“Anxiety is treatable; however, 80% of teens diagnosed with anxiety are not getting treatment” (Children and Teens). The most encouraged remedy for anxiety is the combination of Cognitive Behavioral Therapy or Dialectical Behavioral Therapy and medications known as selective serotonin reuptake inhibitors. Medication nor talk therapy alone is usually enough, but the combination, in most instances, is successful (Children and Teens). The longer anxiety goes untreated the more difficult it is to treat, mainly because poor coping skills are developed. In most cases of teenage anxiety, it is not chronic and is alleviated with a short course of treatment. In some instances, however, the teenager can break free from the anxiety on their own without any treatment, but it is best to seek the advice of a professional, especially if the anxiety lasts for six months or more. (NIMH).
The Mayo Clinic list herbs, on their website, that are being used to treat anxiety naturally. Before taking any medication, natural or otherwise, it is best to speak with a medical doctor or a naturopath. Kava, is one of the herbs that is being debated, it is helpful but can cause liver damage even with short-term use. Passionflower is a more favorable choice, it is useful but it has a few side effects, as well, such as drowsiness, dizziness, and confusion. Valerian is another, studies have shown that people who take Valerian report less anxiety and stress after a short time of use. The side effects of Valerian are minimal and can be headaches and/or drowsiness. Chamomile is also helpful, although, there is not much more information provided on this website. Finally, Lavender can be used orally and/or as aromatherapy; it does reduce anxiety in most cases. However, if lavender is used orally it can cause constipation and headache. Exercise, is also known to help people dealing with anxiety as well as the use of Omega 3 and vitamin B supplements. Getting an adolescent to take medication, natural or otherwise, can be a difficult task. If the teen is reluctant to begin talk therapy a good starting place may be to get them on a medication or supplement, this may be just enough to help them deal with the anxiety of getting into a counselors office.
“Suicide is the third leading cause of death in teenagers.” (Steingard). In the majority of cases of teenage suicide the youths were either depressed, had sever anxiety, or a combination of both. “In 1986” teen suicide had reached epidemic proportion with “an average of 5,000 teenagers” committing suicide per day “in the United States” alone (Havens). These numbers can be greatly reduced with the use of talk therapy treatments such as Cognitive Behavioral therapy and Dialectical Behavior therapy. With the use of either of these therapies, teens begin to see life in a more positive way. However, not all teens are open to treatment, or their parents may not encourage it, possibly hoping it will go away on its own. In the devastating even of suicide, the suicide victim is not the only one effected. The families are left with an overwhelming feeling of guilt and self-blame and wonder if they could have done anything to prevent it. Substance abuse is often a huge contributor to teenage suicide. In a study conducted in Georgia “of 79 teenage victims of suicide, 72 had been under the influence of alcohol” (Garlow, et al).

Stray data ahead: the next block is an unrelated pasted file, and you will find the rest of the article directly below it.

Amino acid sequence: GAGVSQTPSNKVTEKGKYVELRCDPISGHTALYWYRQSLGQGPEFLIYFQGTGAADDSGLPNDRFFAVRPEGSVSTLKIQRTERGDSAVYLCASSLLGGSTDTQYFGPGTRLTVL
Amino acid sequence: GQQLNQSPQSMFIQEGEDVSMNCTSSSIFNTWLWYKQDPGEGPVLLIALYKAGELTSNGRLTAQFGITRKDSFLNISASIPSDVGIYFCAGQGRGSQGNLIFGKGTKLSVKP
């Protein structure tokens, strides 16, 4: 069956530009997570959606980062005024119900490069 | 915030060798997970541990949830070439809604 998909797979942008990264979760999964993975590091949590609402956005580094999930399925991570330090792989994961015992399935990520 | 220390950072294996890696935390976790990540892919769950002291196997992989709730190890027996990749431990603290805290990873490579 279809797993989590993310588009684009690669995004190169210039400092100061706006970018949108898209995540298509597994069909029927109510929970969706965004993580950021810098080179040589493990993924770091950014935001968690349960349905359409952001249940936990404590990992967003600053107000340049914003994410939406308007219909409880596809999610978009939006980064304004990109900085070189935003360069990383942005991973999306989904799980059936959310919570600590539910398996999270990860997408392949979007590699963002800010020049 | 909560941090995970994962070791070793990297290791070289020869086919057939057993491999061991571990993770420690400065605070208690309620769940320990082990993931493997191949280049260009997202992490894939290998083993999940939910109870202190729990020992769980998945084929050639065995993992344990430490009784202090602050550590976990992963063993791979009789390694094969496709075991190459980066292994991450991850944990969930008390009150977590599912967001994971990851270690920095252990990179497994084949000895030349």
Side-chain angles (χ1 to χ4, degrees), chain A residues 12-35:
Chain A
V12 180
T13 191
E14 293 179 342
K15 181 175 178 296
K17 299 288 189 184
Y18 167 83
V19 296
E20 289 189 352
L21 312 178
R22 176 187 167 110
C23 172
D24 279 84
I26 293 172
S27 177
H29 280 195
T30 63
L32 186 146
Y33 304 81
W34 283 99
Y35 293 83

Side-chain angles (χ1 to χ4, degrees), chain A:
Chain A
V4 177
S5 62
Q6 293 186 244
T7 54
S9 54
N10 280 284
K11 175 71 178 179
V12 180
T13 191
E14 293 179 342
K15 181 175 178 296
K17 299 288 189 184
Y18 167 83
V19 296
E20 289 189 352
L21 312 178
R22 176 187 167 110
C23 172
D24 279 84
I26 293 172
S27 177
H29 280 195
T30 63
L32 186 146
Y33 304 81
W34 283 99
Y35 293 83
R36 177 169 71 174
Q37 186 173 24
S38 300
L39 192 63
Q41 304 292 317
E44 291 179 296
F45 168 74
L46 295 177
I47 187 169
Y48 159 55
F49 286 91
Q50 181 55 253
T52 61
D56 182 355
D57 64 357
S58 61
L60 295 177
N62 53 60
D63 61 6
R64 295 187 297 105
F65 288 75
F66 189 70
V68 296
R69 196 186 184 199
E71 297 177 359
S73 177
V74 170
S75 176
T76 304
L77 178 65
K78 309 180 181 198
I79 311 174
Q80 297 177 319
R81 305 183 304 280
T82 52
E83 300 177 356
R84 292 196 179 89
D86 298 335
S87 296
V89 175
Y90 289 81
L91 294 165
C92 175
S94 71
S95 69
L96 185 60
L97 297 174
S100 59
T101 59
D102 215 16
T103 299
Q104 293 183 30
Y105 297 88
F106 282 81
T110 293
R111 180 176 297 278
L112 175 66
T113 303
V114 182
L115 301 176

Substance abuse is a way teens use to self-medicate. Drugs and alcohol to them, in the moment, seems to help them deal better in social situations by dulling their senses helping them to cope. Therefore, they are able to leave their emotional troubles behind for a little while.
Teenagers are faced with much more stress today than their counterparts were as recently as 30 years ago. The pressure to succeed in school has always been important but it seems teens today have a lot more pressure than years gone by. High school graduates are expected to continue on to University, and in order to get into a good University they must have good grades. This pressure not only comes from their parents but a lot is from themselves, especially in those dealing with anxiety. They are always worried that they are not going to do well, thinking they are not good enough, and are constantly worrying about the future. Worrying about the future is the main culprit in anxiety, where worrying about the past is often the problem in depression.